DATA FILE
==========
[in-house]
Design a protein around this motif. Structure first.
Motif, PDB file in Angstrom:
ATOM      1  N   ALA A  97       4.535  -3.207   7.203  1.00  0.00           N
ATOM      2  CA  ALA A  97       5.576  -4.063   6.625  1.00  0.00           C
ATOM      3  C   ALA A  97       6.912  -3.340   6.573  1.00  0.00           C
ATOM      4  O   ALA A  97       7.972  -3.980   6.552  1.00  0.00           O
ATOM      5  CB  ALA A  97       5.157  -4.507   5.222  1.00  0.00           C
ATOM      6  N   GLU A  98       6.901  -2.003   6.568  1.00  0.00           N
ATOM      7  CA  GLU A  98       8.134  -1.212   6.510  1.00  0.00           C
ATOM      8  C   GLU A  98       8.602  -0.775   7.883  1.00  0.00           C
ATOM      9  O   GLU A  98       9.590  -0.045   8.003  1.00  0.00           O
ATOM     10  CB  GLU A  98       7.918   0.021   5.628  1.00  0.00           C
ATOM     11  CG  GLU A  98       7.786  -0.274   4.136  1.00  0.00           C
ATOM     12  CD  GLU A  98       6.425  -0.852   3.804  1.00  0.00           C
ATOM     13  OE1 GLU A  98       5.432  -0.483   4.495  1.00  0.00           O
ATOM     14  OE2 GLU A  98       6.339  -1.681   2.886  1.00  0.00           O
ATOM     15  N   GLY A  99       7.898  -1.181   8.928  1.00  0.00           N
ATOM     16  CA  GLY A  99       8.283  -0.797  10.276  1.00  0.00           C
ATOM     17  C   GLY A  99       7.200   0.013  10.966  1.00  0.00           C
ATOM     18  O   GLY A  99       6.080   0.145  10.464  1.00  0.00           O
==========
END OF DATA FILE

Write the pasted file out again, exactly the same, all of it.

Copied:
[in-house]
Design a protein around this motif. Structure first.
Motif, PDB file in Angstrom:
ATOM      1  N   ALA A  97       4.535  -3.207   7.203  1.00  0.00           N
ATOM      2  CA  ALA A  97       5.576  -4.063   6.625  1.00  0.00           C
ATOM      3  C   ALA A  97       6.912  -3.340   6.573  1.00  0.00           C
ATOM      4  O   ALA A  97       7.972  -3.980   6.552  1.00  0.00           O
ATOM      5  CB  ALA A  97       5.157  -4.507   5.222  1.00  0.00           C
ATOM      6  N   GLU A  98       6.901  -2.003   6.568  1.00  0.00           N
ATOM      7  CA  GLU A  98       8.134  -1.212   6.510  1.00  0.00           C
ATOM      8  C   GLU A  98       8.602  -0.775   7.883  1.00  0.00           C
ATOM      9  O   GLU A  98       9.590  -0.045   8.003  1.00  0.00           O
ATOM     10  CB  GLU A  98       7.918   0.021   5.628  1.00  0.00           C
ATOM     11  CG  GLU A  98       7.786  -0.274   4.136  1.00  0.00           C
ATOM     12  CD  GLU A  98       6.425  -0.852   3.804  1.00  0.00           C
ATOM     13  OE1 GLU A  98       5.432  -0.483   4.495  1.00  0.00           O
ATOM     14  OE2 GLU A  98       6.339  -1.681   2.886  1.00  0.00           O
ATOM     15  N   GLY A  99       7.898  -1.181   8.928  1.00  0.00           N
ATOM     16  CA  GLY A  99       8.283  -0.797  10.276  1.00  0.00           C
ATOM     17  C   GLY A  99       7.200   0.013  10.966  1.00  0.00           C
ATOM     18  O   GLY A  99       6.080   0.145  10.464  1.00  0.00           O